I only recently (recent being this past March) found out about Gordon’s because of my new job with ImpEx Beverages. Gordon’s is an account of mine. In working with Gordon’s, I found that both Nick and Kenny (my contacts there) seemed to know and care more about whisk(e)y than most people I know. As a whisky geek myself, that was exciting.
Anyway, after the seminar, Nick broke out bottles of “this and that” and we all had a good time tasting “this and that.”
As I was leaving, I asked Nick if there was anything else he felt I needed to taste of.
“Have you had our Barrell Bourbon selection?” asked Nick. “No,” I replied, “I’ve not had that one yet. I didn’t know that they were doing single cask bottlings.” Proudly, Nick said “actually, we were the first to do a Barrell Bourbon single cask selection.” “Well,” I exclaimed “let’s have a pour!”
Ladies and gents. this bourbon was the best bourbon I had this year hands down. Gordon’s being my account or no, I speak truths here. In fact, I’d go so far as to say this is in the top 5 whiskies I’ve had all year. I had to buy a bottle, and buy a bottle I did.
I love bourbon, I really do. My issue with bourbon, however, is that it all tastes like bourbon. It’s all (for the most part) very samey with some fun nuances. This bourbon, however, presented flavors to me that made it stand apart from the rest.
Perhaps because it’s a Tennessee whisky (Yes, “whisky.” That’s how George Dickel spells it and we’re making an assumption here that this is a Dickel whisky) with their charcoal filtration process it’s different? Not sure. All I can say is — sweet fancy moses, this is good hooch!
So, what are the full details? 8yo & 6mos, new charred oak, cask # 013, bottle # 101, 62.35% ABV
Details on taste? Here you go:
On the nose — Corn (obviously, I mean this is a corn based spirit…). Fried treats such as apple fritters (heavy in oil) and funnel cakes with powdered sugar.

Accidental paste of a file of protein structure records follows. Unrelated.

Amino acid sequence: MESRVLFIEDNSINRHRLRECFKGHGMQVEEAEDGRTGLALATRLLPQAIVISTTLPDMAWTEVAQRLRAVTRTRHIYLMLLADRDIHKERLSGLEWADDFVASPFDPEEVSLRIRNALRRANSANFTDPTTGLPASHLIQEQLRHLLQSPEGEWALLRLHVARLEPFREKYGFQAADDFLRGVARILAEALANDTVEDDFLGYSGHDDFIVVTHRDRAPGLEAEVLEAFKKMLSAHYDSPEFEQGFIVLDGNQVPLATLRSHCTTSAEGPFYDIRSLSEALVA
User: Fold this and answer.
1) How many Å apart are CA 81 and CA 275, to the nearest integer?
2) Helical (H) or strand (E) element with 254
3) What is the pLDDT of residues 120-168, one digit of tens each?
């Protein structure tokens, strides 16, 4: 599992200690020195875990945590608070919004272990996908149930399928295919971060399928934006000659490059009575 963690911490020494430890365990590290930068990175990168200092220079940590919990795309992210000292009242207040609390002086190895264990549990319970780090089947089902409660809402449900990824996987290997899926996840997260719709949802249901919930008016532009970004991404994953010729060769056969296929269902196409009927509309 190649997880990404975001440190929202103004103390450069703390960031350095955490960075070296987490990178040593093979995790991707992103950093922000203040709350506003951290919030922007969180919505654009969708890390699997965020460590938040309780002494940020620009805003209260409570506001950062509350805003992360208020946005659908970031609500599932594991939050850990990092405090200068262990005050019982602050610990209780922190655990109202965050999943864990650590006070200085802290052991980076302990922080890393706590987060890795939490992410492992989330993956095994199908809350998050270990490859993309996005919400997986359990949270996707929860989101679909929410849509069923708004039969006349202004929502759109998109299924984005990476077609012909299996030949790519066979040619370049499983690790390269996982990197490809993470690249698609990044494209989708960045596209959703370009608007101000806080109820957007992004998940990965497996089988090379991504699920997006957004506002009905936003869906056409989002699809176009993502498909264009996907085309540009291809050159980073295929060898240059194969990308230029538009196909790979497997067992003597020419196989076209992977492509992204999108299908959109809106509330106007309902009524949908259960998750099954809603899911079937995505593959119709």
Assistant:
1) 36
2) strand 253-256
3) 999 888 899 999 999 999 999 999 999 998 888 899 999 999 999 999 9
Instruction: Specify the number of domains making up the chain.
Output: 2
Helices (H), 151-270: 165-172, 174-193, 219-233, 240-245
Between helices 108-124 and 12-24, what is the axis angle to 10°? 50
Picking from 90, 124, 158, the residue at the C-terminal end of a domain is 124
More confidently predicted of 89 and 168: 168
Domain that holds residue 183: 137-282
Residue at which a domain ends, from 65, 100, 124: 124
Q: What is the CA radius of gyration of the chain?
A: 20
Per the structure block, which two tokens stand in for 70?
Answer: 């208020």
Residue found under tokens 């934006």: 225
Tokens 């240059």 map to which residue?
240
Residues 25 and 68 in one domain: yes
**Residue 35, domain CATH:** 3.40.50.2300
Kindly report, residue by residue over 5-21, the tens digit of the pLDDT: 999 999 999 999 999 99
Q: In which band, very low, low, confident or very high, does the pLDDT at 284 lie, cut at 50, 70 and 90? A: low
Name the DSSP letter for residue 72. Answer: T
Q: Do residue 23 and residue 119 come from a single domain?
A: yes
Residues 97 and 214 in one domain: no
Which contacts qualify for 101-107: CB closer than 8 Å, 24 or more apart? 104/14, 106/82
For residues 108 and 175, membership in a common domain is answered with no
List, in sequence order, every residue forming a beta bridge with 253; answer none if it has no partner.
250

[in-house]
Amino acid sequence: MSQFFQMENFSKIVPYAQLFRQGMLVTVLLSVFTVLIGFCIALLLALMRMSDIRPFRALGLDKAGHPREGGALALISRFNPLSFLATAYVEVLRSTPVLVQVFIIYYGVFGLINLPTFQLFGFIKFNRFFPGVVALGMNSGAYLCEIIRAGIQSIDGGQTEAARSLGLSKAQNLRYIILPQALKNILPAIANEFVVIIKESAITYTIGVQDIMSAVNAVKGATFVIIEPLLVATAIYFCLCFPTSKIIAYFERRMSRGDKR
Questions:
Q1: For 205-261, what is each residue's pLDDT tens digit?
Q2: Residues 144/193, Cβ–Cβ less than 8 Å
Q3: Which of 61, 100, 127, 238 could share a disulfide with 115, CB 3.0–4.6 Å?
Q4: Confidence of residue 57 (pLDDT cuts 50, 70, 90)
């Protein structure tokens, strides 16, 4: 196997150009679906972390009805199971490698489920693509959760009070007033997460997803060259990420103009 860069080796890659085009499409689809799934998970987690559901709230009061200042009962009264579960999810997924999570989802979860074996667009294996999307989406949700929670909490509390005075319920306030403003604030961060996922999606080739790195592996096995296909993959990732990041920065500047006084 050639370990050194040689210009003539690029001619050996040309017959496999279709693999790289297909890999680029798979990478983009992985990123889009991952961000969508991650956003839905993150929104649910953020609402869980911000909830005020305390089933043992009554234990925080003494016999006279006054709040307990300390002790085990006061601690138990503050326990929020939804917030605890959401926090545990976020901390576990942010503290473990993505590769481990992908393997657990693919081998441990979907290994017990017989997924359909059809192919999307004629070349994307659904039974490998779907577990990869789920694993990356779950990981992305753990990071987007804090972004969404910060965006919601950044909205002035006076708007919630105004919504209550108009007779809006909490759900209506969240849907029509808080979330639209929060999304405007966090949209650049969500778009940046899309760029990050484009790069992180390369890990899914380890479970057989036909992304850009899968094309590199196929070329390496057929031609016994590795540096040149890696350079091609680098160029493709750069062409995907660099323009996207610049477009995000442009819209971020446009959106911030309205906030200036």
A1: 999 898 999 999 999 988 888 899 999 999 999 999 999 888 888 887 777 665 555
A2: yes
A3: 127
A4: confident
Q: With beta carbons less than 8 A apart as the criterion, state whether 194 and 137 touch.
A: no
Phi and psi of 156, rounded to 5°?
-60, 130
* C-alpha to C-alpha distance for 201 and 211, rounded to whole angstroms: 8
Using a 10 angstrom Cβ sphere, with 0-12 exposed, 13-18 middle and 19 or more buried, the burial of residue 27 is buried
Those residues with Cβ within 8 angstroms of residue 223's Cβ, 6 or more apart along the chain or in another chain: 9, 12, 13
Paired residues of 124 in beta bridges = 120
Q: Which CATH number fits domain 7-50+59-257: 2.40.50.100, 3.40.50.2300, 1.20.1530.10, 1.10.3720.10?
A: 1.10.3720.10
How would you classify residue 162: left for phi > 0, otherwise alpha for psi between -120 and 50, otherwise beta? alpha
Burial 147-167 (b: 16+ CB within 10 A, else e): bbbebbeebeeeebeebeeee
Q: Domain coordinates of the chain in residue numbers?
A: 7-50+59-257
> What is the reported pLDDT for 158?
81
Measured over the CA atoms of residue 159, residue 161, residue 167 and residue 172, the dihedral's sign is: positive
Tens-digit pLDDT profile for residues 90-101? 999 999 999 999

Candied nuts such as cashew, filbert and pecans. Sweet tomato sauce over fried dough on a paper bag with the oil soaking through the bag. I feel like they’ve bottled the smells from a fall country fair. Salted butterscotch caramels, too.
Everything in its right place here. Amazing.
In the mouth — F#ck and Yes. A powerful entry (62.35% ABV after all) but the whisky is so viscous, the juice wraps your tongue in Phyllo dough, honey and walnuts (and walnut oil). It’s like drinking baklava.
If you feel like you need to add water, go ahead. Me? I think it’s at the perfect strength.
Honey cooked coconut flesh over vanilla ice cream with Kahlua poured over it all. This is such an indulgent whisky.
Finish — Interminable. The nuttiness takes over but there’s a salty element here to balance it out.
In sum — Drop dead gorgeous. I’m in love. This is one of those rare moments where I wish I had enough $$ to buy a whole case. I will need a 2nd bottle for sure. This is as celebratory a dram as it gets. My hat’s off to you Nick and Kenny — a well selected cask of whisky!
Springbank 15yo is a whisky that I find myself revisiting over and over and over again. I think it’s perhaps one of my favorite whiskies, like… ever.
While I may revisit it many times over, I’ve not revisited it from a let-me-disect-it-and-post-it-on-my-blog point of view. I just spend a lot of time enjoying it. Isn’t that what whisky is all about anyway? Enjoyment?
So, here we are almost 4 years later. Let’s see what the 2015 version is like.
On the nose — Lots of lime and orange marmalade (mostly orange) at first but it’s got a veil of peat it’s hiding behind.
Blue slate wet with rain water and a stick of hard and powdered chewing gum you found from that package of Topps baseball cards released in 1980-something.
A hint of mint but a good dose of coastal breeze and dying beach grass.
On the mouth — Chewy and thick with bold notes of Duerr’s coarse cut orange marmalade.
A touch of peat is present but so is some now-cold potpouri.
There’s a touch of oak to let you know you’re dealing with a 15yo whisky but the oak’s true impression upon the juice is that of dark fruits, spiced citrus drops and still more marmalade.
Oh, and burning sticks as we reach the now drying finish.
Finish — Drying and pleasant with a good deal of orange spice with the tiniest hint of clove.
In sum — What’s difficult to explain about this whisky — about all Springbank whiskies — it’s how unique the spirit itself is. Yes, there are lots of notes here that you’ll find in other whiskies but you’ll never taste a more unique spirit than Springbank. It’s too difficult to put it into words, sorry. If you’ve never had Springbank before, it’s worth seeking out.
If I could, I would likely drink the $(*& out of this whisky every single day. It’s that good.